As you start this week, my challenge to you is to look around. Not up, not down, not inward, but around you. This is what I call, Horizontal Living.
There is a special place in my heart for pet lovers. I am one. “Almost human” is only hyperbole to those outside of our circle. It’s true, they are almost human. They become part of the family, and when they pass it goes deep.
Pets and the Horizontal Life
We raised our two children into their early teen years with a pet-sibling named Shiloh, a Corgi-Chihuahua mix. His last enemy was cancer, and he faced it bravely, whimpering himself to sleep at night in extreme pain. After his battle ended, I posted this in my blog:
“Shiloh, a cuddly little Corgi-Chihuahua mix, came into our lives some twelve years ago. Today we said goodbye. He sat on my lap all the way to the vets in Henniker. And all the way I worked to convince myself this was the best decision for him and us. A growth on his belly had taken over his life, leaving him uncomfortable and in pain.
“I thought it would be hard to leave him with the doctor. It was. But the hardest part was walking out of the clinic holding his collar. I made it a mile or so to Dunkin’ Donuts and pulled into a parking lot to weep and for the first time I wondered about the soul of a pet and Shiloh’s place in God’s universe.”
Later I stumbled on these verses in Job: “You have only to ask the cattle, for them to instruct you, and the birds of the sky, for them to inform you. The creeping things of earth will give you lessons, and the fish of the sea provide you an explanation: there is not one such creature but will know that the hand of God has arranged things like this! In his hand is the soul of every living thing and the breath of every human being!” (Job 12.7-10).”
Shiloh taught us much about love, loyalty and commitment. I believe he is in God’s hands now. Caring deeply for the persons and things around us honors the God who made them and is the stuff of horizontal living.
Our Identity: Who We Are
Our pets are our best teachers when it comes to the horizontal life. They leave us three lessons: The first is about identity. Horizontal living reminds you of who you are – and who you are not. You are the creature, not the Creator. You are a worshiper not the one worshiped. You are an eternal spirit in a temporal body; God is the eternal Spirit.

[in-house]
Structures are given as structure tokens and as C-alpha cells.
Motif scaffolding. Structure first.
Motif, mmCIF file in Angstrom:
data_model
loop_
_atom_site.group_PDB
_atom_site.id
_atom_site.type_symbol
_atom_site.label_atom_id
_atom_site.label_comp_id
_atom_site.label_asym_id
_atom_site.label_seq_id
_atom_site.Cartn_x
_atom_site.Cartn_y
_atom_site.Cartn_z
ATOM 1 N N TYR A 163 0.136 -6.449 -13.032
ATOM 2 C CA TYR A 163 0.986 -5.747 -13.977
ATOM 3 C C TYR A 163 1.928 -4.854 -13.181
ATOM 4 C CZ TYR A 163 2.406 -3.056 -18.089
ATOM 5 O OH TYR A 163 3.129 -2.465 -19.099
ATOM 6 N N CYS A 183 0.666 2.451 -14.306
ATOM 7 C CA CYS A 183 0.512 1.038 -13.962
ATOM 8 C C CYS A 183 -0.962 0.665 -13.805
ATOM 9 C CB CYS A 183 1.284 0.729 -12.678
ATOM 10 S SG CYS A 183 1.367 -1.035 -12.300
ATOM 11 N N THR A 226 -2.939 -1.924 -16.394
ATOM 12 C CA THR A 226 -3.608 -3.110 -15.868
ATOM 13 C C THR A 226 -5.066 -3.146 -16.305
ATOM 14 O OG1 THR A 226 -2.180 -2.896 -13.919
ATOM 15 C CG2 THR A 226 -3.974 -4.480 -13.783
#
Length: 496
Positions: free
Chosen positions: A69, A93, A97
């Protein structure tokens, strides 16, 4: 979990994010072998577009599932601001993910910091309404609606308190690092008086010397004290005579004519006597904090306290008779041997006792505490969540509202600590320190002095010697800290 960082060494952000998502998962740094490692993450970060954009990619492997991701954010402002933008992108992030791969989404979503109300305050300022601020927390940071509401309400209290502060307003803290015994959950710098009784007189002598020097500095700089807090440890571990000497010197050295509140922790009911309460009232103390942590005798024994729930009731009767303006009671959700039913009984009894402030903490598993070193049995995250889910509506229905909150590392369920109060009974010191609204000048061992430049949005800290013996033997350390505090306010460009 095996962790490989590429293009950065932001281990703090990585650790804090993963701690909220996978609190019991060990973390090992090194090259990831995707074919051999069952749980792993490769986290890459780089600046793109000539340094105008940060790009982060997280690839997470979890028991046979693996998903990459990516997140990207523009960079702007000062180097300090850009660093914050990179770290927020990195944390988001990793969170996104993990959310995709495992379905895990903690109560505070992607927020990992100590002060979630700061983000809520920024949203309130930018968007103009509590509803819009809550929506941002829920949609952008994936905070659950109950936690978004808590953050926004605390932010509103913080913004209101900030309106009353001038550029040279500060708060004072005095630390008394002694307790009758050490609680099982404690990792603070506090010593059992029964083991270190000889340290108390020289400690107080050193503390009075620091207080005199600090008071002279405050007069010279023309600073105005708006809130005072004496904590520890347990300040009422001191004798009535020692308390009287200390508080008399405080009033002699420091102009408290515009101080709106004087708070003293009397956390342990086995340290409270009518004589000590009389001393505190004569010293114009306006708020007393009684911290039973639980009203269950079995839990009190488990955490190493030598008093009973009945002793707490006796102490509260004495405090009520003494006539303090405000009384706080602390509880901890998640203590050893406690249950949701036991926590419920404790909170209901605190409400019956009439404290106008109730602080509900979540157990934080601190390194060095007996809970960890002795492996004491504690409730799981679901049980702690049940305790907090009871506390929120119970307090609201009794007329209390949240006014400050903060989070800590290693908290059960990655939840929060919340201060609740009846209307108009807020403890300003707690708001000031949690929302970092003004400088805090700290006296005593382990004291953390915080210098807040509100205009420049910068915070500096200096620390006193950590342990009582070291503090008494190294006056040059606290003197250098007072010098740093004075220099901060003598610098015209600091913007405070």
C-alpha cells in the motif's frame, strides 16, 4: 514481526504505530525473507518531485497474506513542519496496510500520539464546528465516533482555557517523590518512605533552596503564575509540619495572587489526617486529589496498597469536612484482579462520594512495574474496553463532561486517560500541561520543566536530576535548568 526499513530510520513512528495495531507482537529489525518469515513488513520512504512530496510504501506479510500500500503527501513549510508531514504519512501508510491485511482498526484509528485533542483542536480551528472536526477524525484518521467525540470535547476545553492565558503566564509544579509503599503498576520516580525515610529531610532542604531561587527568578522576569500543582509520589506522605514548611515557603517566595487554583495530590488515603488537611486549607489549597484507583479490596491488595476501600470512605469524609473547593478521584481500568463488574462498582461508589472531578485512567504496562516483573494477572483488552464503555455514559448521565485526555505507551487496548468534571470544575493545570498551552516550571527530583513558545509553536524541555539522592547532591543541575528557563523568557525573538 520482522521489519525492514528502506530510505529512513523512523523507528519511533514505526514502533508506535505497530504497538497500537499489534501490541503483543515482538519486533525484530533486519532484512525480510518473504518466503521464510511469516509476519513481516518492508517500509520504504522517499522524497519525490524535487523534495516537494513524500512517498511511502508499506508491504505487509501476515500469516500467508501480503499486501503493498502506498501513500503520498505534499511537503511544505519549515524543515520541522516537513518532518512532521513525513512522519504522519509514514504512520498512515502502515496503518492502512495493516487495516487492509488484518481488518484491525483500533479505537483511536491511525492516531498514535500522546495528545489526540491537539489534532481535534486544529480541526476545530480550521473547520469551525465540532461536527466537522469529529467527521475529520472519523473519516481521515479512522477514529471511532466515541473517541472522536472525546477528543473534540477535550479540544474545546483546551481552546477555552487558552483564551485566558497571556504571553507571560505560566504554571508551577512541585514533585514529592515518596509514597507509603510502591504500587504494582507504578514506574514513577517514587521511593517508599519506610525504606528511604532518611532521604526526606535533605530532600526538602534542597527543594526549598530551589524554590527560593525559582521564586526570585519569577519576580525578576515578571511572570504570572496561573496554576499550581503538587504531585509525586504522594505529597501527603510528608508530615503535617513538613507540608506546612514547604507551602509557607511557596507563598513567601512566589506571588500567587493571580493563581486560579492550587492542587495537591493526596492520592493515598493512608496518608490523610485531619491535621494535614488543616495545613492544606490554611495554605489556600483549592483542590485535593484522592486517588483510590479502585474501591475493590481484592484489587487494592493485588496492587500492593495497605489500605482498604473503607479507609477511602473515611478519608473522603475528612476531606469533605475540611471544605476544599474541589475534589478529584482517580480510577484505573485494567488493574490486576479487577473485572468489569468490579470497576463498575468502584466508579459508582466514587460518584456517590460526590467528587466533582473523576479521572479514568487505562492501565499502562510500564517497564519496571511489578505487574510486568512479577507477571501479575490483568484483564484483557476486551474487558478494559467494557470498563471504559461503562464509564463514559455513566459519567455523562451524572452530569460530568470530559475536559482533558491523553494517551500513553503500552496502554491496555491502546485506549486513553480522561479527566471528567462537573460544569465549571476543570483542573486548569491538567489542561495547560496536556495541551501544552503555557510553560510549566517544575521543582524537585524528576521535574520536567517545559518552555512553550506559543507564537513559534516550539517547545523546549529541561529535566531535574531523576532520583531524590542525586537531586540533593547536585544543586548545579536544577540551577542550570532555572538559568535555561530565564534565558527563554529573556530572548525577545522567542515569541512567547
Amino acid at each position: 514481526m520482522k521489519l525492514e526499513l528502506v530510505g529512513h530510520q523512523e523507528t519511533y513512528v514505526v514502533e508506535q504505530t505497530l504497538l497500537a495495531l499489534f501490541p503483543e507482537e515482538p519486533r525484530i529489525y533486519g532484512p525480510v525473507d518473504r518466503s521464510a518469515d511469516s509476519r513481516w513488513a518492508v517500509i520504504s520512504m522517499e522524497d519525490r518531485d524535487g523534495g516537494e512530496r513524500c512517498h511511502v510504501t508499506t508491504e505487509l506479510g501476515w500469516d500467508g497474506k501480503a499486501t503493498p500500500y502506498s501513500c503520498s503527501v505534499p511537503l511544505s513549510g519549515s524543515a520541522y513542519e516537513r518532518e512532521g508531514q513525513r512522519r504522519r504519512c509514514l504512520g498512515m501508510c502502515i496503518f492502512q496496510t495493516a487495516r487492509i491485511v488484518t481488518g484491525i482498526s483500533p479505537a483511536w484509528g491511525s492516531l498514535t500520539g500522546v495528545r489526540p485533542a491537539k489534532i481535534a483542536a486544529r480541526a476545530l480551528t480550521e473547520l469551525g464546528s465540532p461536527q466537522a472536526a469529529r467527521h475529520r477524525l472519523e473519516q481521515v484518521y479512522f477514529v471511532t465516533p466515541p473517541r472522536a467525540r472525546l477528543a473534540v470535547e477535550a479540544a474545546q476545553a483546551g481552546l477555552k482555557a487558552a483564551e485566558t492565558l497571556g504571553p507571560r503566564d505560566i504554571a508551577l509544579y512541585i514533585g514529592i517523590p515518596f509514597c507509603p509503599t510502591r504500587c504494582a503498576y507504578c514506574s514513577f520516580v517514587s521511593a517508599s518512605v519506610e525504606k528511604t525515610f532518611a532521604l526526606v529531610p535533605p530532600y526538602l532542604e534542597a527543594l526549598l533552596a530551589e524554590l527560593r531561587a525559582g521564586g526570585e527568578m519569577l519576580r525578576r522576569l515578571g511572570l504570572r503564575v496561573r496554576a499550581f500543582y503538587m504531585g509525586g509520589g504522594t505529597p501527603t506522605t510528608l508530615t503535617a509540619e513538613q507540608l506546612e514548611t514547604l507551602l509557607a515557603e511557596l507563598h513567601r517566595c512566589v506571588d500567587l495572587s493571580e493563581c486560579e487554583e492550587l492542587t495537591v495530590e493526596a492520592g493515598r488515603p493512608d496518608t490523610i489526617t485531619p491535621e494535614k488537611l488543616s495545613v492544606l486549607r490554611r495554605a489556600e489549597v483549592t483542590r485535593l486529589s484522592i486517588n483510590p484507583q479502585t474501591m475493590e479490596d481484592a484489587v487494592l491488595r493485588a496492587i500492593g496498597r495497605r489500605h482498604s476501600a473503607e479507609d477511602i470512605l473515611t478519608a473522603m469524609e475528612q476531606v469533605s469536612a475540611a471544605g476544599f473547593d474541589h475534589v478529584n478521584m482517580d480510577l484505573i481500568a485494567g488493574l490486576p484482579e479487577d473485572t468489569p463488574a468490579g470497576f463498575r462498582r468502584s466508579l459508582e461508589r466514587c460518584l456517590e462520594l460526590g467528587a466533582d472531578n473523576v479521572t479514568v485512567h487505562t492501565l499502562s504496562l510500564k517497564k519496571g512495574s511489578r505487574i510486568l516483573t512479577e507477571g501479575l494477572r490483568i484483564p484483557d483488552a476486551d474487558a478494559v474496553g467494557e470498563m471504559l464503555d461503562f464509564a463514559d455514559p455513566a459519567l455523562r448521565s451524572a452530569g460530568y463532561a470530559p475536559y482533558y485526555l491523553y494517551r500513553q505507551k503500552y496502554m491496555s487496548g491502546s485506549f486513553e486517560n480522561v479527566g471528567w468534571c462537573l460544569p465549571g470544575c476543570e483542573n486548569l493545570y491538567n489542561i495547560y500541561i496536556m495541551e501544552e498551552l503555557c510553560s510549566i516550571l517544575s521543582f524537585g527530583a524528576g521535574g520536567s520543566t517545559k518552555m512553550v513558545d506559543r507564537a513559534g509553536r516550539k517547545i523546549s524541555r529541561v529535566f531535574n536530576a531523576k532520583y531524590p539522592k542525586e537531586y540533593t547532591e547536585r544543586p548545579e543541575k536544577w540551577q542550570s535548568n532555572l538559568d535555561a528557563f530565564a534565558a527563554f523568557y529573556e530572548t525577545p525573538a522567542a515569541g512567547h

Those of us who live in the flesh need these reminders continually. It keeps us away from the temptation of self-worship and the devil’s taunt, “You shall be as gods.” We are only guardians of things belonging to God and live best when we find our place in the world.
Our Responsibility: What We Do
A second lesson is about responsibility. Identity is knowing who you are. Responsibility takes that a step further to the things you do (or don’t do). We who are gifted to write should express ourselves in words for the benefit of others, either to entertain or inform. Those who are wealthy have the privilege and responsibility to share wealth and ease the sufferings of others in need.
Even the ordinary things of life present opportunities to serve. Cars, homes, friendships, family meals and vacations all carry a responsibility to engage and serve others.
Our Influence: Why We’re Here
A third lesson is about our influence in the world around us, beginning with our families and working outwards toward others.
A handful of people in my life have set that life on course. My first grade teacher, Mary Rising, loved me and let me be left-handed; Vera Dietsche, my first employer, taught me the importance of simplicity; My mom took me to church and modeled humility; my brother taught me about Christ.
Their influence lives on in the way I live my life.
On this Monday morning, it’s quite possible that you have not looked beyond the mirror and your first cup of coffee. You’ve got the whole rest of the day to do that.
And the rest of your life.